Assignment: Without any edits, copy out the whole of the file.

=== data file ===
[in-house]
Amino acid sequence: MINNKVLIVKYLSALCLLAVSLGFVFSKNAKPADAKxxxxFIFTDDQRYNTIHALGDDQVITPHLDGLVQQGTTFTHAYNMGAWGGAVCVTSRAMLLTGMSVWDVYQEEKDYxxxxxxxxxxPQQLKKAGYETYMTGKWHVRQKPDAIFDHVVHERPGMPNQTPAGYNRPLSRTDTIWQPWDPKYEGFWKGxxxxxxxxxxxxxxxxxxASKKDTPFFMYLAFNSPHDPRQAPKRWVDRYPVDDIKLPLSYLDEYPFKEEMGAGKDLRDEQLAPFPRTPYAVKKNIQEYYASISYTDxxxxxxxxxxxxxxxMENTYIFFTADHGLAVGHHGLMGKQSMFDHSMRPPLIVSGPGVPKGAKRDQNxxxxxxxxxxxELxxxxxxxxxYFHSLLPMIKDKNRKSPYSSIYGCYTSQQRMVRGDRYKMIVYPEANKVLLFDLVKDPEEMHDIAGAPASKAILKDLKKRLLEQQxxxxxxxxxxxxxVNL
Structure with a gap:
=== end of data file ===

[in-house]
Amino acid sequence: MINNKVLIVKYLSALCLLAVSLGFVFSKNAKPADAKxxxxFIFTDDQRYNTIHALGDDQVITPHLDGLVQQGTTFTHAYNMGAWGGAVCVTSRAMLLTGMSVWDVYQEEKDYxxxxxxxxxxPQQLKKAGYETYMTGKWHVRQKPDAIFDHVVHERPGMPNQTPAGYNRPLSRTDTIWQPWDPKYEGFWKGxxxxxxxxxxxxxxxxxxASKKDTPFFMYLAFNSPHDPRQAPKRWVDRYPVDDIKLPLSYLDEYPFKEEMGAGKDLRDEQLAPFPRTPYAVKKNIQEYYASISYTDxxxxxxxxxxxxxxxMENTYIFFTADHGLAVGHHGLMGKQSMFDHSMRPPLIVSGPGVPKGAKRDQNxxxxxxxxxxxELxxxxxxxxxYFHSLLPMIKDKNRKSPYSSIYGCYTSQQRMVRGDRYKMIVYPEANKVLLFDLVKDPEEMHDIAGAPASKAILKDLKKRLLEQQxxxxxxxxxxxxxVNL
Structure with a gap: